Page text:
Our own well-being is not something that many entomology graduate students sit and think about, but it goes hand-in-hand with our scientific careers. Promoting our own well-being is an element of self-care. When we care for ourselves, we make time for activities that are necessary for complete health and wellness—emotionally, mentally, intellectually, and physically.
The op-ed traces its roots to the guest columns opposite the editorial page, but such opinion essays are still important advocacy tools in the post-newspaper era. For entomologists who want to speak up for their science, here's a quick guide to writing an op-ed and getting it published.
The largest-ever outbreak of the invasive oriental fruit fly in Florida in 2015 was successfully quelled through a six-month eradication program that combined outreach, control, science, technology, and regulation.
The University of Florida's Forest Entomology Lab hosts the world's largest cryo-collection of bark and ambrosia beetles. Stored at –80 degrees Celsius, the samples are critical for study of the beetles' DNA and fungal symbionts, as well as for identification of beetle outbreaks in forests.
Sebastián Mena of the Smithsonian Tropical Research Institute in Panama collected and photographed 120 butterfly species for a guidebook he co-authored about Panama’s Pipeline Road Trail. Find out what Mena says goes into researching, writing, and designing an insect field guide.
For entomology graduate students, summer is not the same break from school and work that it was in their undergraduate days. Field work, experiments, research, and writing all fill up the schedule. Here are some tips from a fellow student on making the most of the summer season.
Meet Manu Saunders, Ph.D., postdoctoral research fellow at the University of New England, Australia, expert in insect community ecology and ecosystem services, and subject of the next installment of our "Standout Early Career Professionals" series.
A group of entomologists urge their colleagues and the academic community at large to invest—both time and money—in professional communication to expand the impact of their science.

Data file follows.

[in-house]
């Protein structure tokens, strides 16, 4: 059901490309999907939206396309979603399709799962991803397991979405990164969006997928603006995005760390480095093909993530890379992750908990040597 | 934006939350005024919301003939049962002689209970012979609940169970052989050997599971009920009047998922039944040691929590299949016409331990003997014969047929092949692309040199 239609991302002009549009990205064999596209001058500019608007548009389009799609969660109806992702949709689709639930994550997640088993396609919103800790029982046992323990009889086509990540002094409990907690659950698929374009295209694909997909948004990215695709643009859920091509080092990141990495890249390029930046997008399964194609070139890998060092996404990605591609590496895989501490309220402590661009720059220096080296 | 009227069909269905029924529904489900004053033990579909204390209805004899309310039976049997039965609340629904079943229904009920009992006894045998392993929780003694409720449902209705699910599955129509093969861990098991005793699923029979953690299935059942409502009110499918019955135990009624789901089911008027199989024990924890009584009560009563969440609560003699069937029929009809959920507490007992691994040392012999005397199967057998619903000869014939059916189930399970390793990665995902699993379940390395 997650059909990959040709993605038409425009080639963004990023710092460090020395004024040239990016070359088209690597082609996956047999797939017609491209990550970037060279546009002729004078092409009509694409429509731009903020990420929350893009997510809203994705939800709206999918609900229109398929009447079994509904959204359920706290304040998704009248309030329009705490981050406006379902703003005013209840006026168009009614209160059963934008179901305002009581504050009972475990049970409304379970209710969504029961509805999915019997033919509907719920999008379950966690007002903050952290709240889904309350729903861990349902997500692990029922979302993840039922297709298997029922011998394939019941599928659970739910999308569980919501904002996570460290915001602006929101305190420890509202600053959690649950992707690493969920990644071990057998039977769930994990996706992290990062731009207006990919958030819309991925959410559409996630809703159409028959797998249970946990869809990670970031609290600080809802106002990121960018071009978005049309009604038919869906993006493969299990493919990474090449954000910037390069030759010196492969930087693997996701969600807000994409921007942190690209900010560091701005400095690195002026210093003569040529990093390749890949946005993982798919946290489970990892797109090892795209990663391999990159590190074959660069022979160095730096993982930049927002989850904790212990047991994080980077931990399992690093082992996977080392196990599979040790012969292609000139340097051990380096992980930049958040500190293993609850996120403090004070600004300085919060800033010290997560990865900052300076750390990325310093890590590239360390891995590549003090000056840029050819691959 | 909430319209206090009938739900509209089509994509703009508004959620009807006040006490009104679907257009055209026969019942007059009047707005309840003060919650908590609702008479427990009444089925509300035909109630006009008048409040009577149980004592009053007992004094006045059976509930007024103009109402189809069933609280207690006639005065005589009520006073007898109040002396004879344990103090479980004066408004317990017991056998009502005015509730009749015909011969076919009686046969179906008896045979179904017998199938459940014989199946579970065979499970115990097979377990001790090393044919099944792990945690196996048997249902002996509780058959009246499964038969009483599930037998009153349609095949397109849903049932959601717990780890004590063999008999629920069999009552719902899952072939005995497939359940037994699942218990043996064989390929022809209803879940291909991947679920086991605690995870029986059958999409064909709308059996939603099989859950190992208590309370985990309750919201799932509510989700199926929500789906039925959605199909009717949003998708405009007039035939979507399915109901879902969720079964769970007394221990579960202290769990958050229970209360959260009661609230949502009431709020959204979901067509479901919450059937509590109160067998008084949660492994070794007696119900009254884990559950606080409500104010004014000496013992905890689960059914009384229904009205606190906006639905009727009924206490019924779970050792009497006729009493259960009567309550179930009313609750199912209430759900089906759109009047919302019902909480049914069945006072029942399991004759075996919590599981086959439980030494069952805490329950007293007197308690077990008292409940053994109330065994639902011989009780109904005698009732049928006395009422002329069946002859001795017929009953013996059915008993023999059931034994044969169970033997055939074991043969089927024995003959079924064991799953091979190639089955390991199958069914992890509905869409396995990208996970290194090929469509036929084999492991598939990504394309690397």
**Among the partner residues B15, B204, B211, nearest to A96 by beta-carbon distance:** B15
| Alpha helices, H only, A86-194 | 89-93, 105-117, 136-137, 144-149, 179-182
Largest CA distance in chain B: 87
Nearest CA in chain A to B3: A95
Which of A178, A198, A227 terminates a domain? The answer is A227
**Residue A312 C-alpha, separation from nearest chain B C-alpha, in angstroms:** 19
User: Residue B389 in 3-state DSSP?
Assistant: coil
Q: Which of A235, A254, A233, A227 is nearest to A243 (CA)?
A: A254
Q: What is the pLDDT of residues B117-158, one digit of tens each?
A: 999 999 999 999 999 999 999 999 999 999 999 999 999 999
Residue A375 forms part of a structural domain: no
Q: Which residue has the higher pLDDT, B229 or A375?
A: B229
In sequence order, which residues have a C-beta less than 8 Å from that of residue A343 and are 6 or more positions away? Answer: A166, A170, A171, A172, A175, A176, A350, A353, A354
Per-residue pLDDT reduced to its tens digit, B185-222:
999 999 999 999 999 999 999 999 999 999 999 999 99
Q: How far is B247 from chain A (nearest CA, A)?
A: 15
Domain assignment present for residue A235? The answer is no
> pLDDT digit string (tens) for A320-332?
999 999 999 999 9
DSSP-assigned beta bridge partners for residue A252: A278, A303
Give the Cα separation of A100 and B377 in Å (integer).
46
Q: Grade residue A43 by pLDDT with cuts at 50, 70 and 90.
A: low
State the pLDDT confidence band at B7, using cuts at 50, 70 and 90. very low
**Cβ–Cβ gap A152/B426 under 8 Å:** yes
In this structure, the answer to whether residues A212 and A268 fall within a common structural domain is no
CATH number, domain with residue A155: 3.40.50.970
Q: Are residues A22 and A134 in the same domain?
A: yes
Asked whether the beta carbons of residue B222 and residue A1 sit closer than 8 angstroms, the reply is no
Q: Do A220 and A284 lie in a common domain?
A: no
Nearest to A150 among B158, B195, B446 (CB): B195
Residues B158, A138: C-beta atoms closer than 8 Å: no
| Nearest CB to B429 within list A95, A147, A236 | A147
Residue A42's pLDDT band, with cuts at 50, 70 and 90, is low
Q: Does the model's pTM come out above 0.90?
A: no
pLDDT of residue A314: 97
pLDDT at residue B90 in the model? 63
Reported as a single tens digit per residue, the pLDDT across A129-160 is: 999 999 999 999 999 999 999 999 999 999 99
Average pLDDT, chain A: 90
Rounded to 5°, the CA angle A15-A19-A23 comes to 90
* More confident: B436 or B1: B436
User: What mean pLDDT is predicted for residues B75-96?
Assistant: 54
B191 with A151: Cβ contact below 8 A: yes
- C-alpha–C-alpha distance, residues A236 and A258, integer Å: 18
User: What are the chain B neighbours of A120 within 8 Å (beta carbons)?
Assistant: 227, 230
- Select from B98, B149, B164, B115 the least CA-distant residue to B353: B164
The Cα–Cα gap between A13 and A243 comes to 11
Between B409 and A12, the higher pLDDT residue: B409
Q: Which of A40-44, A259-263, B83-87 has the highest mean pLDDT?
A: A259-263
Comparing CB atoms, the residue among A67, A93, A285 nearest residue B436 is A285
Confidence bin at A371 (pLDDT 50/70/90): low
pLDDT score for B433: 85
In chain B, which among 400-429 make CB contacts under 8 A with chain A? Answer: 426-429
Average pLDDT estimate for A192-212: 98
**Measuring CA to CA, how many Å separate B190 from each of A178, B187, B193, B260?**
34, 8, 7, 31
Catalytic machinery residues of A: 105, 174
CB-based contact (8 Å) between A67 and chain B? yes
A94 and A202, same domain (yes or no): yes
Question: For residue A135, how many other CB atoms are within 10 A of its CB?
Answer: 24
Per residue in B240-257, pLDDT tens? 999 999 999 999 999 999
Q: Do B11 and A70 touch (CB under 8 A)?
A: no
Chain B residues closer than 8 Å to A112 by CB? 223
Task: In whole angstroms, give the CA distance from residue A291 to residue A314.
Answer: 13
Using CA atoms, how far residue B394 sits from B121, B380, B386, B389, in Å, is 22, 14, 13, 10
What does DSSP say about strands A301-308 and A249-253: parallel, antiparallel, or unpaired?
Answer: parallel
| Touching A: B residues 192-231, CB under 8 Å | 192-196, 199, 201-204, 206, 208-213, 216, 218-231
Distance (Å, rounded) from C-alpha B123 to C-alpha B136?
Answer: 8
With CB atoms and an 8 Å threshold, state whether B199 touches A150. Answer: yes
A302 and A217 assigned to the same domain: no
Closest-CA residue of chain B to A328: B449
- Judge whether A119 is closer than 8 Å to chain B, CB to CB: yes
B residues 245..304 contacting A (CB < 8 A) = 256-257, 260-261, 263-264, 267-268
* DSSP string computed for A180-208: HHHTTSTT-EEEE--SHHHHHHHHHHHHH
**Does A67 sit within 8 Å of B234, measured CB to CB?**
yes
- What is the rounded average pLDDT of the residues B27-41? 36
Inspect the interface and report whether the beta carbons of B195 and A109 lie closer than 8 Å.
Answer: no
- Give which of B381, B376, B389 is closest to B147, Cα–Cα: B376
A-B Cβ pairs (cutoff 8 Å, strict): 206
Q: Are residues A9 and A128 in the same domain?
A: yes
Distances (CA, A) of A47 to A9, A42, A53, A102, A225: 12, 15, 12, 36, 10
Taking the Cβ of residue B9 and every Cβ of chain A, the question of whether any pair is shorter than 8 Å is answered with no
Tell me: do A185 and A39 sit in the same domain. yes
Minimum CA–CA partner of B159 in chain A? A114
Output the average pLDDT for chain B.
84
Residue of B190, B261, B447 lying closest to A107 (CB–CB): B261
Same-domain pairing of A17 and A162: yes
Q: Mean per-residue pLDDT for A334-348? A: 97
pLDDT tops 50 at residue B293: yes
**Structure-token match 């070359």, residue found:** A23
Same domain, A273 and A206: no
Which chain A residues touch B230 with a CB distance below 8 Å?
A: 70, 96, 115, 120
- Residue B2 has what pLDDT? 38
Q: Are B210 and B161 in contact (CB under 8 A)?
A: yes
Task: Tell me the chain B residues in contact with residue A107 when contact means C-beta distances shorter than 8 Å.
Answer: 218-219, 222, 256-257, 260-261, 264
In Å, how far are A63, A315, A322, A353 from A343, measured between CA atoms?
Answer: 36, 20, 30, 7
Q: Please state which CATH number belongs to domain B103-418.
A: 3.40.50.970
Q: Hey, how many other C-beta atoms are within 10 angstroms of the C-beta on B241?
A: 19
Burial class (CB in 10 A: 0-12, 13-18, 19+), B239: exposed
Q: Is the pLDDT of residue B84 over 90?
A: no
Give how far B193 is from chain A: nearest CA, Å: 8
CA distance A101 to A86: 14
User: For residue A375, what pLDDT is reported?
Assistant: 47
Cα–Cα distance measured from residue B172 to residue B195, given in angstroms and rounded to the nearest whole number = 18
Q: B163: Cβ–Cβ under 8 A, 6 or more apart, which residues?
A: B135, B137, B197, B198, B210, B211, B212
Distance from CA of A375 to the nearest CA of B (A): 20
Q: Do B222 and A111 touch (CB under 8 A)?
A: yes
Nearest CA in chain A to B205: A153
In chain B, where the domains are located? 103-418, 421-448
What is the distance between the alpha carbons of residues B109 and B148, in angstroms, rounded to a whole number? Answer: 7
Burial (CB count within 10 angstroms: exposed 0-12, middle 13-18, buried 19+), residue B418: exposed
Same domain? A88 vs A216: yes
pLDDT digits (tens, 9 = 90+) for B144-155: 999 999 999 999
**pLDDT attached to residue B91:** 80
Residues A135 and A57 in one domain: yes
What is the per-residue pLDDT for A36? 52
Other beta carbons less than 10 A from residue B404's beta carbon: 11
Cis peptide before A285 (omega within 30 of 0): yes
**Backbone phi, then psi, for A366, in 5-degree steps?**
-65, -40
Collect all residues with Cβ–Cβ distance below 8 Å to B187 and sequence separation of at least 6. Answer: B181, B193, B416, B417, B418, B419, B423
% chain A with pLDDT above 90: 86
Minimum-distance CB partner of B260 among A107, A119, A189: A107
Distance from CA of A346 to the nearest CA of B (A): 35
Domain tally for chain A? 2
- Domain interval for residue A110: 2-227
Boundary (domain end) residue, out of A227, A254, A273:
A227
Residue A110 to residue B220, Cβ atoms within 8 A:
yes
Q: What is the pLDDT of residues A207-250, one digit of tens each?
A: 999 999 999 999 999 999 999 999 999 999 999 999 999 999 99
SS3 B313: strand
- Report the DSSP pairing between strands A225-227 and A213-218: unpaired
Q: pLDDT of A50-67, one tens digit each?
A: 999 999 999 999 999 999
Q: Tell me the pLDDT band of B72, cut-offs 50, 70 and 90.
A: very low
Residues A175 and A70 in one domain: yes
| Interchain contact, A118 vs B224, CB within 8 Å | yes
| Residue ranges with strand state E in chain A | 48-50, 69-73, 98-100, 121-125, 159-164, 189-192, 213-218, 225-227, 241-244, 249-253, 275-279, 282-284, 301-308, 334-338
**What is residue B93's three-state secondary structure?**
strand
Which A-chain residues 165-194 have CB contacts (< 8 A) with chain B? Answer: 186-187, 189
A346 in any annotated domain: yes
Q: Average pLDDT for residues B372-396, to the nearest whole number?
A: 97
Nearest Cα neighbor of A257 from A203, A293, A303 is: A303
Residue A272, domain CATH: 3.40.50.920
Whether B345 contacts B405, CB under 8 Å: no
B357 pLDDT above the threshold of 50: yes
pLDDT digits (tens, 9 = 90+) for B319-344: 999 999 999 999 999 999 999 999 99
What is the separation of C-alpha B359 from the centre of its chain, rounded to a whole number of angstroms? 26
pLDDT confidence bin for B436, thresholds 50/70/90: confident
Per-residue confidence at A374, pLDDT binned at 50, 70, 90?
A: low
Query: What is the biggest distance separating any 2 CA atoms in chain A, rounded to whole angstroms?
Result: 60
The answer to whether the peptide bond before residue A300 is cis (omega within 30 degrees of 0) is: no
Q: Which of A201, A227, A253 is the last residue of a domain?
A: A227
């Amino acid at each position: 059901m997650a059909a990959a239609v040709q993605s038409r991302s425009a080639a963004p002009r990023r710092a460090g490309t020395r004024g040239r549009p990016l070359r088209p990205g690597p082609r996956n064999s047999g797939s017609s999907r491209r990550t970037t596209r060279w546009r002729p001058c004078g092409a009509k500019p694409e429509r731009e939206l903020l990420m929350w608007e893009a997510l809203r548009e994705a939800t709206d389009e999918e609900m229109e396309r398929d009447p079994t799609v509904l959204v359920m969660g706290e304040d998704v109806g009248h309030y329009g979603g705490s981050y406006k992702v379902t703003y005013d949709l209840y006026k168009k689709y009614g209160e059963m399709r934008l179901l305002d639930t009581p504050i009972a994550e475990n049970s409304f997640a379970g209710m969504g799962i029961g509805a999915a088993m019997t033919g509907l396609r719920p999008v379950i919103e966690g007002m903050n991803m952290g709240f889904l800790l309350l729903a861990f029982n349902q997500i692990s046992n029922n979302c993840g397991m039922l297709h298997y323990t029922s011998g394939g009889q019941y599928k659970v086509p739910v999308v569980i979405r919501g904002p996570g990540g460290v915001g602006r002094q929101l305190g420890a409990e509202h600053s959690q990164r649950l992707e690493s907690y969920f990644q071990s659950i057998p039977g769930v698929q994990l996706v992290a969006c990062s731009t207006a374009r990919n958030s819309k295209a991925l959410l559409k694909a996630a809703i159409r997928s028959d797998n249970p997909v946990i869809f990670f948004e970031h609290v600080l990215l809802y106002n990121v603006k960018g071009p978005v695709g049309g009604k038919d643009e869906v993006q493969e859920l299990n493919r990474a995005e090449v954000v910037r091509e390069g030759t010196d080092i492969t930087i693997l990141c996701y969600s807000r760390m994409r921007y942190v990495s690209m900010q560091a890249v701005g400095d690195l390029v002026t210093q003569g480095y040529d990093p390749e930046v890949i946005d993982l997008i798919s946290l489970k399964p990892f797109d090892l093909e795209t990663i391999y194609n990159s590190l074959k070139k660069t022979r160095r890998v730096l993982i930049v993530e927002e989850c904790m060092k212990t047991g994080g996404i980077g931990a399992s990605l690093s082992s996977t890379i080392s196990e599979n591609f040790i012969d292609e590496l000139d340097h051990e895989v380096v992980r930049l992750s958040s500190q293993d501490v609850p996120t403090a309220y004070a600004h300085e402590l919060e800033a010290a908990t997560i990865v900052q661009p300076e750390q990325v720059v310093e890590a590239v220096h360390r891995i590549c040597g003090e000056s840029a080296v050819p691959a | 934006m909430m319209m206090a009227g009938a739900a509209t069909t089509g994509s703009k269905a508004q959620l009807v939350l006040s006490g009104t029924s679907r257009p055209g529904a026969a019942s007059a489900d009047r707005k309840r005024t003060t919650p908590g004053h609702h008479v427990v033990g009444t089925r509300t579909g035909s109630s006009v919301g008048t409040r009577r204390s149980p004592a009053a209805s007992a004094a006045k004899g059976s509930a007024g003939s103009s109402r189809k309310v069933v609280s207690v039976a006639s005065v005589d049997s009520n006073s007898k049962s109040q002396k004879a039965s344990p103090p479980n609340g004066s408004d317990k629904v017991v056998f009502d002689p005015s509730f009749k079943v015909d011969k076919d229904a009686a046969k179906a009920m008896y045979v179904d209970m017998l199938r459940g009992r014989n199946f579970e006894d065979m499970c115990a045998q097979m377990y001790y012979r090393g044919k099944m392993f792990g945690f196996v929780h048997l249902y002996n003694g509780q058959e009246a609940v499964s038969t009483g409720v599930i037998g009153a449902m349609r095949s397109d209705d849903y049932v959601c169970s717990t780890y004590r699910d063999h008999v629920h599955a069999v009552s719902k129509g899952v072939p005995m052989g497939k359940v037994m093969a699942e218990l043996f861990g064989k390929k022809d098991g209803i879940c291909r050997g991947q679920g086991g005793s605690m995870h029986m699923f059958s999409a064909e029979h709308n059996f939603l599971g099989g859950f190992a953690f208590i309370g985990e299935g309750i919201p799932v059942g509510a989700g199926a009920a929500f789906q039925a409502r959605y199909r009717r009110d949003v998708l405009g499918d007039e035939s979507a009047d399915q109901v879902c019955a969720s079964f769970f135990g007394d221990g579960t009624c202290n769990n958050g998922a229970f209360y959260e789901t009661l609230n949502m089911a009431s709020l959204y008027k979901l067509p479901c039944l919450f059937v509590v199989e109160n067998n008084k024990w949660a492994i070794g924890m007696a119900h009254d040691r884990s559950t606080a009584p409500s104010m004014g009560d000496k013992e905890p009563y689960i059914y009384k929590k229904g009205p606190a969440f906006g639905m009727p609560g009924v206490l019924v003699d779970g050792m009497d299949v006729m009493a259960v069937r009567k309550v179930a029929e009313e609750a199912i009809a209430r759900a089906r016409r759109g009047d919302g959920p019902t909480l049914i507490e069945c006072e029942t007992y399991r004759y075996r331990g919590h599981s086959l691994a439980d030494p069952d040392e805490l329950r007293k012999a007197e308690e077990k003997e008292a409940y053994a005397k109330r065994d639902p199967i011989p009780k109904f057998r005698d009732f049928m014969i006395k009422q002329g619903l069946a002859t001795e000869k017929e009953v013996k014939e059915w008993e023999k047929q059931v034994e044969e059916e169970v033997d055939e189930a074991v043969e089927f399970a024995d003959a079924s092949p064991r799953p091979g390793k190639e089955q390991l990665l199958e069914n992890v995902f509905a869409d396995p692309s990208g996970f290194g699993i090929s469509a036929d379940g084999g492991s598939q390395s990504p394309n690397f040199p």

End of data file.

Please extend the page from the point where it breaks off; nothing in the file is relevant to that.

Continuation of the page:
A proof-of-concept study shows insect eggs can be marked with protein that can be later detected in a gut-content analysis of arthropod predators that fed on the eggs. Researchers say the method has applications in biological control and beyond.
Researchers at Purdue University are developing new ways to apply spectroscopy in service of greater food security. By analyzing light reflected by plants, they can detect compounds the plants produce soon after they face an insect pest attack or other stressor.
Meet Carmen Blubaugh, Ph.D., assistant professor at Clemson University, researcher in insect ecology and biological control of crop pests, and subject of the next edition of our "Standout Early Career Professionals" series.
For entomology students making the move to science careers, this time of transition can pose a variety of new challenges. New doctoral graduate Lina Bernaola shares her experience as she steps into the next stage as an early-career professional.
If you've ever used an electronic pass in your car to pay a highway toll, then you know the basics of radio frequency identification (RFID) tracking. RFID tags are now available in sizes allowing for applications in entomological research. Here's how one scientist is using RFID in his research on honey bees.
In a new model for integrated pest management, one cooperative extension pro says broader management, business, and sustainability factors must be factored in for IPM success.
Meet Alejandro Del Pozo-Valdivia, Ph.D., IPM entomology advisor at the University of California Cooperative Extension, connector of grower and research communities, and subject of the next installment of our "Standout Early Career Professionals" series.
Patricia Raun, director of The Center for Communicating Science at Virginia Tech, traces her path from professional actor to science communicator and offers entomologists advice on engaging with their communities.
Entomologists can find out a lot about an insect through some simple chemical reactions in a lab. A new review offers a guide to the wide variety of tests, or assays, that can be conducted to measure the fats, sugars, and other compounds in an insect's body—thereby revealing useful clues about how it stores and uses energy.